Tag Archives: Colin Farrell

Movie Review: Total Recall (2012)

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I was a pretty big fan of the original “Total Recall” film with Arnold Schwarzenegger, so when I heard they were doing a re-make, I was pretty revved up. Although not as hulking as Arnold, Colin Farrell is a good actor with a pretty decent resume. The film also stars Kate Beckinsale and Jessica Biel, some serious eye-candy for us guys.


They changed a lot in this film with respect to the original. To a certain extent, that’s good. I find it kind of annoying to go into a remake and watch exactly the same film, but with different actors. Why bother? On the other hand, I think this film went too far in the opposite direction. The whole plot was changed. It doesn’t even involve the planet Mars at all. Everything occurs on Earth. They tried to preserve a number of elements from the original, but even these were altered for the sake of artistic liability. But, if you saw the original, the alterations don’t strike you as particularly creative. For example, instead of reaching up his own nose with a giant metal thingy to pull out a bug that’s on him like Arnie, Colin Farrell must instead cut open his hand and pull it out of his palm. That’s kind of like how in all the new vampire flicks when the master vampire is converting a victim to vampirehood, he must slash his own wrist, or arm, or knee, or whatever, so long as it isn’t his breast like in the original, to complete the conversion. Rather than come up with something completely new, we’ll just slightly alter what’s come before (I think in my own vampire book I used both breast and wrist). There were a couple other instances like that in this new version of “Total Recall.” But ultimately, the movie was a completely different story. I think they would have been better off naming it something else and not inviting the comparison to Arnie’s previous sci-fi blast.


All right, a little bit about the story. It is set in a futuristic Earth where much of the planet has been devastated by chemical warfare. Only the United Federation of Britain and The Colony (Australia) remain. The main character is “Douglas Quaid,” soon to be revealed as “Carl Howser,” a super-spy with his memory erased and an entire new life implanted. He’s living a quiet life as an assembly worker, building the super-robot police force for the evil chancellor, Mr. Cohagen. Then one day, Quaid decides his life is not what he wanted and he wants some new, more interesting memories, and he visits “Rekall,” a company specializing in memory implantation. All is well and good, until he sits down for the process. His operator realizes Quaid is really a spy, just before all hell breaks loose. The police come busting down the door, there’s a gunfight, and Quaid escapes. Thus begins his journey to reclaim his memory and stop Mr. Cohagen from taking over the planet.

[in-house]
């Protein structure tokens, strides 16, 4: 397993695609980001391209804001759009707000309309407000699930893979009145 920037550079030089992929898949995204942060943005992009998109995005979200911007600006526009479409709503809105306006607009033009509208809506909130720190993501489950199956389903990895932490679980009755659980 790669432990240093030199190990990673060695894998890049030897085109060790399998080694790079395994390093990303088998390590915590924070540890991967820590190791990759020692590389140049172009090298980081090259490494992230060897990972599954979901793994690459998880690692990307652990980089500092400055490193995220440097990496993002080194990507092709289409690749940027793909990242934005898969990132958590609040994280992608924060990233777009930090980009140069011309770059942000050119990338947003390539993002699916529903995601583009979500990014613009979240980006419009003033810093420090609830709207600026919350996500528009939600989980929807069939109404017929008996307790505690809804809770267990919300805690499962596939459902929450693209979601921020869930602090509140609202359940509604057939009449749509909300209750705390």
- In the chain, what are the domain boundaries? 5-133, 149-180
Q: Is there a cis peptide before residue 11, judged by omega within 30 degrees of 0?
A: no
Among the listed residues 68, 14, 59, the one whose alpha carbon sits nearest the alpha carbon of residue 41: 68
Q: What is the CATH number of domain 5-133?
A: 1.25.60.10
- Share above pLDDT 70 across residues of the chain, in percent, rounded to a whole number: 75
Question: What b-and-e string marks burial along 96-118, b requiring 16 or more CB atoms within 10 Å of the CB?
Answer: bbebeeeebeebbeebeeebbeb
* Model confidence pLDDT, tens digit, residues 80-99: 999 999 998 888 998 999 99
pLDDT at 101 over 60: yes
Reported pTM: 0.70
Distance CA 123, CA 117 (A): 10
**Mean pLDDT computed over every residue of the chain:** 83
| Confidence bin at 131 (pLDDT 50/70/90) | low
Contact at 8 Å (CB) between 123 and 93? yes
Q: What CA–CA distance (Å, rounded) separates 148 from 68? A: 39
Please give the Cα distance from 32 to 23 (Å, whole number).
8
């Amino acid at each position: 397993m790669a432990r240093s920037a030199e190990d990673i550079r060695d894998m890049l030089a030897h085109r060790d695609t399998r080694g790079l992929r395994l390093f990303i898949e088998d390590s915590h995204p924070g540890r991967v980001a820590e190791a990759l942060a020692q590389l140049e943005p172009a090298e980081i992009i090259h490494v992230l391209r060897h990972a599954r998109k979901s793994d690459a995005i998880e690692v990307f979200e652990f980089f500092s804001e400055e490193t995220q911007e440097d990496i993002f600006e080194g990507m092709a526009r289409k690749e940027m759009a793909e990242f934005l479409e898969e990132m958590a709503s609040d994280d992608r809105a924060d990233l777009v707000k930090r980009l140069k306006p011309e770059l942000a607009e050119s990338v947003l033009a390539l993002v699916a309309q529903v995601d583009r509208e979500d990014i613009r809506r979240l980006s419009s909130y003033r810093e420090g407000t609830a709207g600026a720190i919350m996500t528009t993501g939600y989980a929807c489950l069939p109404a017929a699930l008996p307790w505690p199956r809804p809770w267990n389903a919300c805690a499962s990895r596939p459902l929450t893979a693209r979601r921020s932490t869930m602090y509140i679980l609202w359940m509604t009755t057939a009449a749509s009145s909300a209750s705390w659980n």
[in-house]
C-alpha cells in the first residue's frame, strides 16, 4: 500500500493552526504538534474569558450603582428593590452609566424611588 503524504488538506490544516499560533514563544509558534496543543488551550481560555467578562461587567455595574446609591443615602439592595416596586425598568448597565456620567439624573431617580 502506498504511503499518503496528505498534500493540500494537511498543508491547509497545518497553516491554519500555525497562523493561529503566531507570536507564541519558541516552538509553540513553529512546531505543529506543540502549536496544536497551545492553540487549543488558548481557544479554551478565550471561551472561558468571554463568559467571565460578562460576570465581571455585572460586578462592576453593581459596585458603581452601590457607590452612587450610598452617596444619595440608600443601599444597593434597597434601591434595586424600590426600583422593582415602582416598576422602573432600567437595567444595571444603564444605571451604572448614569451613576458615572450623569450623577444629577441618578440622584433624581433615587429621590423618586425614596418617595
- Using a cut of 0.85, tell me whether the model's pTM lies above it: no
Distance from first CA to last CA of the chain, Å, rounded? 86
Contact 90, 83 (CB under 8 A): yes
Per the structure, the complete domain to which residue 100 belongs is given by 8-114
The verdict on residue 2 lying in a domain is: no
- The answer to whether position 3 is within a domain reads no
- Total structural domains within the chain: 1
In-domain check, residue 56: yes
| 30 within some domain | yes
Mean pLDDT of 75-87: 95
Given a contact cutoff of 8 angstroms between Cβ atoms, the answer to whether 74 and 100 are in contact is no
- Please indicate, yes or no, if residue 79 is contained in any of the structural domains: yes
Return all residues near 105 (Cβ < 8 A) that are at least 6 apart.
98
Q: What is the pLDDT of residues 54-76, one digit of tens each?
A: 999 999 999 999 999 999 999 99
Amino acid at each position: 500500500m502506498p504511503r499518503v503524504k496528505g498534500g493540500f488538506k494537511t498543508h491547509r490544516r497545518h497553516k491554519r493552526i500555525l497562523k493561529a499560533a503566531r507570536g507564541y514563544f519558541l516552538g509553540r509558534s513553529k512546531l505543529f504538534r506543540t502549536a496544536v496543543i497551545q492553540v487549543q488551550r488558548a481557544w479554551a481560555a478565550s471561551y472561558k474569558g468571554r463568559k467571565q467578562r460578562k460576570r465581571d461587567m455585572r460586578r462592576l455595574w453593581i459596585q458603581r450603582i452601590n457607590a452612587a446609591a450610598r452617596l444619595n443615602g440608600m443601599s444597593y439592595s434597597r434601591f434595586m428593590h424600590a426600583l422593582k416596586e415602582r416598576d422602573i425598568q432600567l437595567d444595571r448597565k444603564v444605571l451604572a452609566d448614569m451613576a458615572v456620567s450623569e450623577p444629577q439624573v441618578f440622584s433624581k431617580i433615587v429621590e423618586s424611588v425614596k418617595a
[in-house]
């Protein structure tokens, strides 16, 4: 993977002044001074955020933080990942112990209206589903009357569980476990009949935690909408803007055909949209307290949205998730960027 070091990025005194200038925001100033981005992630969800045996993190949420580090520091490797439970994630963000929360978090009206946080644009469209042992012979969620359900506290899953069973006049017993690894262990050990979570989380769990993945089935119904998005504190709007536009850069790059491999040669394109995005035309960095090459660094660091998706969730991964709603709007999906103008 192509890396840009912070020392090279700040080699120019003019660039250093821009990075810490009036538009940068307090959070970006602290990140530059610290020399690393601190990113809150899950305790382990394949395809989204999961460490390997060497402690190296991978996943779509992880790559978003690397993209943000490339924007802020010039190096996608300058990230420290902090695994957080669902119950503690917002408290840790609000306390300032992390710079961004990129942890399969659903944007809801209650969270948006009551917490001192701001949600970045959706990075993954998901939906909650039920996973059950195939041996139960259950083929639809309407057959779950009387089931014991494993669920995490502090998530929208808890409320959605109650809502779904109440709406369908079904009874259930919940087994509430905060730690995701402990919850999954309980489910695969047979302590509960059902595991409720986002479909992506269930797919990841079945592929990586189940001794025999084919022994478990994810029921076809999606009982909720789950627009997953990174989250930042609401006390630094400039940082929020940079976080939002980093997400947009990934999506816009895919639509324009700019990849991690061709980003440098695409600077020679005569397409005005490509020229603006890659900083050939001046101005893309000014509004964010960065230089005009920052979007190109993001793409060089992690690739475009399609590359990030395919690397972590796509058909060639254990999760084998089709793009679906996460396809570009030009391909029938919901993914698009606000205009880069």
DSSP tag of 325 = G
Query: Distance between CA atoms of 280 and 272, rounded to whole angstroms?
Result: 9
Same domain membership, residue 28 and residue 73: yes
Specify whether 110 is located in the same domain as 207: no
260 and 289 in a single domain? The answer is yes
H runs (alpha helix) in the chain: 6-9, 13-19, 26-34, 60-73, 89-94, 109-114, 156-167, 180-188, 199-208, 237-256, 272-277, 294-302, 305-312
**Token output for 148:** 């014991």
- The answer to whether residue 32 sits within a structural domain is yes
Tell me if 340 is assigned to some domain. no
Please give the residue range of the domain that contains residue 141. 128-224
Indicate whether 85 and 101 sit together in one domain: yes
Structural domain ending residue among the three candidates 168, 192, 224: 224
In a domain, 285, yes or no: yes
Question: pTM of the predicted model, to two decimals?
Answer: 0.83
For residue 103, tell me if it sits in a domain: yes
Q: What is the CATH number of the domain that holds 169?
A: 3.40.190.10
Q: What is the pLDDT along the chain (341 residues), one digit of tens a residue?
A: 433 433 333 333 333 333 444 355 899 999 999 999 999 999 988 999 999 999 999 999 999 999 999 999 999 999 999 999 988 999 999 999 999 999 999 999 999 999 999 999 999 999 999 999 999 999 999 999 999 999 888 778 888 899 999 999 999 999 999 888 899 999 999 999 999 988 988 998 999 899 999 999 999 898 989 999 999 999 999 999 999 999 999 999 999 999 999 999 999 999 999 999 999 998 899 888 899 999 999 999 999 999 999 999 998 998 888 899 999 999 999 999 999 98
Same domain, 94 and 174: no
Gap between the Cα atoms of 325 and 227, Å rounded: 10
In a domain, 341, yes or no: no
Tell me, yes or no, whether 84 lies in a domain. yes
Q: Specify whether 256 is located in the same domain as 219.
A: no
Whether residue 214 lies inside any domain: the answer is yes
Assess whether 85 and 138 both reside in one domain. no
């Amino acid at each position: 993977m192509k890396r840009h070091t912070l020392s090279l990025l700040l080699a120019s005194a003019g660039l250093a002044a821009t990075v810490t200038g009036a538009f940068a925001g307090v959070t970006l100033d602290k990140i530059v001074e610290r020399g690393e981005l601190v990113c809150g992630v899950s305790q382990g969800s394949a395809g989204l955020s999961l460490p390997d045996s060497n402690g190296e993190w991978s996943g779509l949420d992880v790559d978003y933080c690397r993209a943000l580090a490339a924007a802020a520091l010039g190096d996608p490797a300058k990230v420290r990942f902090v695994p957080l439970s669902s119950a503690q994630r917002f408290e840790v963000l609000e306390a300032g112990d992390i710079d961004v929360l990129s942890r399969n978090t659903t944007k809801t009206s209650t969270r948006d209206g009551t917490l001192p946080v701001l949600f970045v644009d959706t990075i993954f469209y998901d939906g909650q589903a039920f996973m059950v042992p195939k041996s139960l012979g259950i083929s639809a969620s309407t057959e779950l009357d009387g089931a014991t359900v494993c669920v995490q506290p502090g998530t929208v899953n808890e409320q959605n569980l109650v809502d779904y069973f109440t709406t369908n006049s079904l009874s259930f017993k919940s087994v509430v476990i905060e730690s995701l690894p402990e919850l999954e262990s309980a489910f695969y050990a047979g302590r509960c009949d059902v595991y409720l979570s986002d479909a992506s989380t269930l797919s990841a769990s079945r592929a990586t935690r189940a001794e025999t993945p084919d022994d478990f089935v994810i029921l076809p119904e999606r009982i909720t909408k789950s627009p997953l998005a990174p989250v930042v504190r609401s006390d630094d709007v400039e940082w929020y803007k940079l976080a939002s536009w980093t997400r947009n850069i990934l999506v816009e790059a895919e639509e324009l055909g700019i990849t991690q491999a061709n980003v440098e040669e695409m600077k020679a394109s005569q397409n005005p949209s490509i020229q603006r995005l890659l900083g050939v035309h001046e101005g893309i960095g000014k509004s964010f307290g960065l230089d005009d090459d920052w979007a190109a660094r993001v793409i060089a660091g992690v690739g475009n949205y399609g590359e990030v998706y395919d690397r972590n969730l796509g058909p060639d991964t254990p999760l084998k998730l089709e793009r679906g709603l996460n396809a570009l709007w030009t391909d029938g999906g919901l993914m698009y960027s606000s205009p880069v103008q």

Overall, it wasn’t a bad movie. I heard bad things about it going in, but gave it a shot anyway. It’s not as good as the original, and, like I said, I think they should have just called it something else and done away with the “Total Recall” connection entirely. Anyway, I’ll give it three stars out of five.

Why Are Vampires Horrific? Mind vs. Monster

Legends of the vampire abound the world over. The myth has morphed from the tales told around a campfire to world-wide box office hits and best-selling books. Throughout, the nature of the vampire has slowly changed, or perhaps been deliberately muddled. In modern times, the vampire is undergoing even more change. In horror movies (as opposed to something like “Twilight”), an emphasis is being placed upon the vampire as monster. Where once the vampire of horror resembled a human being with only a pair of slightly-too-large sharp canine teeth as tell-tale signs of its true nature, it is now being more consistently represented as a hideous monster, or  a human-like being that transforms into a hideous monster when it is time to feed. With modern special effects it is relatively easy to make a creature horrific-looking: white-grey skin, finger-nails like claws, and mouths filled with row upon row of vicious, sharp teeth. Add to that a growling, beast-like visage, and the transformation is complete. But is all this “beefing up” of the vampire’s bestial nature necessary?


I would argue no. It works at a superficial level; the visual effect of a horrific vampire, such as the one Colin Farrell played in the re-make of “Fright Night” can be quite disconcerting the first time you see it on the screen. But that’s as far as it goes. To me, the greatest horrific characteristic of the vampire is its human-like intelligence. Here is a monster that feeds on humans, slaying them, transforming them into its own kind, and it is as smart as any of them, often times smarter with centuries of experience on its side. To me, that has the potential of creating a truly terrible monster, yet it is hardly used as well as it could be. To me, the visually horrifying vampire does the myth as a whole a disservice because part of the horror that came with the myth was the notion that the vampire appeared almost completely human—perhaps he was a little pale, and he had those two sharp teeth I mentioned, but beyond that it was easy to mistake him for one of us. A bite from a vampire seen at a distance could easily be mistaken for a kiss. Turning the creature into a hideous monster changes that dynamic in a fundamental way and something is lost when that happens. He becomes a killing machine, a mechanism for cheap thrills and slaughter. I prefer the vampire that plots and schemes, that has a plan. This requires more subtlety in the writing, but I believe it is worth it. A story where one can see and feel the intelligence of this diabolical adversary would be far more effective than simply presenting a brutal killer with supernatural powers.